Tapping into the history of the graffiti movement, we find that some figures among artists stand out with the impact they had on later writers and art world alike. Jean-Michel Basquiat, Keith Haring and Futura 2000 have distinctively different expressions, but all three emerged from the same environment, as they still influence creatives across the globe. To paint the picture of the situation, out of which 80’s street art was born, we’ll take you back about 30+ years ago to where it all began - the city of New York.
Graffiti movement was jump-started by mostly poor kids from the Bronx, Upper Manhattan and Brooklyn, who were growing up in working class immigrant or ethnic families. Looking for a way out of the decayed hood, they attempted grabbing a bit of street fame for themselves in making their name known. First tags were made in the late 60s, a name or alias scribbled on a surface with a black permanent marker, but in the early 70s tagging expanded, and soon, it went viral. One of the first tag writers was TAKI 183, a Greek teen who was bored while working as a delivery boy and wanted to make his mark around the city. More and more tags followed as the city was getting entangled in a quickly spreading bug of vandalism.
Rapid expansion and thirst for street glory moved the writers into the subway, where train cars became the most coveted canvas for early writers. The turning point in the graffiti movement was the start of aerosol use. Spray paint allowed for more artistic freedom, and it came in an abundance of color, an unexpected medium that would grow to become the signature technique of street art. The 70s were the booming period of New York train graffiti, crossing all social boundaries and class distinctions, but still being very much frowned upon by the officials.
Late 70s were marked by the appearance of several names that made a giant impact on the world of art in the upcoming decade. Jean-Michel Basquiat, Keith Haring and FUTURA 2000 helped define the graffiti movement and gained respect and recognition for street art from the traditionally pretentious art scene.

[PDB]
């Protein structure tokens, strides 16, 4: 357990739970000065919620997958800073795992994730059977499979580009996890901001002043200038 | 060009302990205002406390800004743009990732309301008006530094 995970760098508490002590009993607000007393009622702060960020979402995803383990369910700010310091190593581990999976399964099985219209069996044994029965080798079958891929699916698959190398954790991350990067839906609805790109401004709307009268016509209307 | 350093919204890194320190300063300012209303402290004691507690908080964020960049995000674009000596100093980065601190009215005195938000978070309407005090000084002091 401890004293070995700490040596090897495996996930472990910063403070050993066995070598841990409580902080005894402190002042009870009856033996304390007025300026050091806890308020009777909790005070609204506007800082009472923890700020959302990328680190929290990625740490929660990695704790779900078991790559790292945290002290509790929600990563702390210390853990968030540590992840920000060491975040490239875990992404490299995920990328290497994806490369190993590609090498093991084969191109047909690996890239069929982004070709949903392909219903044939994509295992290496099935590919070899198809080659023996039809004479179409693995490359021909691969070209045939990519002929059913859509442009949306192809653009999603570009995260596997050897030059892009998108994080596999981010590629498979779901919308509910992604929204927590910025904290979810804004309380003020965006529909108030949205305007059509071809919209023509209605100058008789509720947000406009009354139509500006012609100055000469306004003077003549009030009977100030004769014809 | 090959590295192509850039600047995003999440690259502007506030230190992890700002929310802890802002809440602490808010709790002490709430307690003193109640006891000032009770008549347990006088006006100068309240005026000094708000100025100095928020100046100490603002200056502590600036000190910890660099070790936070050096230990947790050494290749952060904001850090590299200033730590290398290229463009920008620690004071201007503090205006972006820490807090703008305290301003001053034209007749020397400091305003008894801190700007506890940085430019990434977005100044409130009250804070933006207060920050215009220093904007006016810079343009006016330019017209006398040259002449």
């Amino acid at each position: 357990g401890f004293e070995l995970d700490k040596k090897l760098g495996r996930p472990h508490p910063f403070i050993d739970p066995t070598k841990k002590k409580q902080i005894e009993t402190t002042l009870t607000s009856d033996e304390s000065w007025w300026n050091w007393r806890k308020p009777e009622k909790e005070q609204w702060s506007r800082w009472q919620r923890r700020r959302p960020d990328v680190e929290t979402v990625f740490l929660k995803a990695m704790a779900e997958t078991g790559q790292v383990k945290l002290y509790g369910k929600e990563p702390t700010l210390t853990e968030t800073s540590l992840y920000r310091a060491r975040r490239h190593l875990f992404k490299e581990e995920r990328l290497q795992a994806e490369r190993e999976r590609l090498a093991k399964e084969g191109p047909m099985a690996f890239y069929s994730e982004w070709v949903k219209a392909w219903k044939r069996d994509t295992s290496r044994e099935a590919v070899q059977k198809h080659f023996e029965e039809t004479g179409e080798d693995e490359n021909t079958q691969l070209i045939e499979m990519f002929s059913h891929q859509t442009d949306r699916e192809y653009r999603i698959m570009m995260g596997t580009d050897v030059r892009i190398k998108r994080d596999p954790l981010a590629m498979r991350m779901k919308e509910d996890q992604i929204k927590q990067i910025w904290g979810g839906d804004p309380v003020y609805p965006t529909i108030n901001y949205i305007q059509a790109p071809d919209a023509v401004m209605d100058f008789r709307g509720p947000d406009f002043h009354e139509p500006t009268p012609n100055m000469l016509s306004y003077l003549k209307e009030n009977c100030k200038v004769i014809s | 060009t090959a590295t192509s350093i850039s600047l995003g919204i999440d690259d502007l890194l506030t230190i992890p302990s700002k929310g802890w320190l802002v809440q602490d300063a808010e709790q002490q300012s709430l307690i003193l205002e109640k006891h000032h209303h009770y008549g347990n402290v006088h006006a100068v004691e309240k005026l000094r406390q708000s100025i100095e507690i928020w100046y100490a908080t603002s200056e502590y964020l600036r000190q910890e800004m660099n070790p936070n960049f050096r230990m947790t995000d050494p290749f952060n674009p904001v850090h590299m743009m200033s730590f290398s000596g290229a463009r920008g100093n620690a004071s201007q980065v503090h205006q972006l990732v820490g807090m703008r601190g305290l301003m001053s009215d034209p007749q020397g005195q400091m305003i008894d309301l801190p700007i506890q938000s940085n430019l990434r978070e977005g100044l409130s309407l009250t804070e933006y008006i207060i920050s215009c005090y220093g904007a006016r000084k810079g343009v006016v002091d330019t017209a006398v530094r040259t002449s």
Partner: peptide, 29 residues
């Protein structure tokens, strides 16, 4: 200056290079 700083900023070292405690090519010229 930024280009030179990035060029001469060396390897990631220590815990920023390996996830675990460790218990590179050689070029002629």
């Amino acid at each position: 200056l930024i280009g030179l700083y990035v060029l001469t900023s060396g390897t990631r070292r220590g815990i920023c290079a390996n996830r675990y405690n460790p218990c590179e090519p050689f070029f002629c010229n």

It is important to note that during the 80’s New York underwent a huge clean-up from graffiti, and it was declared graffiti-free in 1989. A lot of street artists moved on to the outskirts, or into the galleries.
The SAMO tag was popping around New York in the late 70s. Pronounced Same-Oh, it was a derivative of same-old-shit, and behind it was a young writer, Jean-Michel Basquiat. Basquiat first wrote together with Al Diaz, but soon he appropriated the tag himself. He wrote it with a copyright sign, while his messages were constantly undermining the generally accepted positive values and thinking in a spirited manner. He stopped tagging in 1980, producing a graffiti SAMO© IS DEAD.
The 80’s launched Basquiat to fame, and the inaugural year of the decade already brought him recognition. He later met numerous art world legends and dignitaries, and collaborated with some of them, like Andy Warhol or David Bowie. Not only a stunningly talented artist, Basquiat was interested in music as well, and he appeared in the Blondie video Rapture as a DJ, and later worked on a hip-hop project with Rammellzee. Basquiat's style was one of the protruding features of the contemporary art of the 80’s, uncompromising in stripping subjects to their essence, influenced by graffiti, expressionistic in execution. There is something raw and disturbing in his infantile drawings aligned with text that radiate brutal honesty. Emphasizing the duality of social and psychological currents, Basquiat emerged as one of the most innovative art figures of the 80s New York.
Friend of Basquiat, and just as prominent graffiti figure from the 80s, is definitely Keith Haring. Inspired to do cartoons by his father, Haring delved into street art inspired by dark spaces and subways, and conjured one of the most recognizable personal iconographies in the history of art. His little men (and women) carry an activist message originating in gay activism, they are always socially and globally conscious, dealing with some of the issues still on the table today. Keith Haring was one of the best and the brightest among the 80s graffiti scene in Gotham.
One of the walking graffiti legends of the 80’s is absolutely Futura2000. Starting out as a writer on subway cars in the early 70s, Futura made a break and a comeback later in the decade, allowing his art to flourish in the coming years.
Early in the 80s, he exhibited at the Fun Gallery, as did Basquiat and Keith Haring, while developing his angular, generally abstract style. Deconstructing the letters while painting on trains, Futura initiated a separate, non-lettered style of graffiti. Leaning on abstract forms, he managed to detain principal traits of street expression in color and form, transmitting the energy and power of the street onto the viewer without using the semantics. Futura 2000 had numerous design, illustration and collaborative projects in the late 80’s and on, and still is active today.
All images used for illustrative purposes only.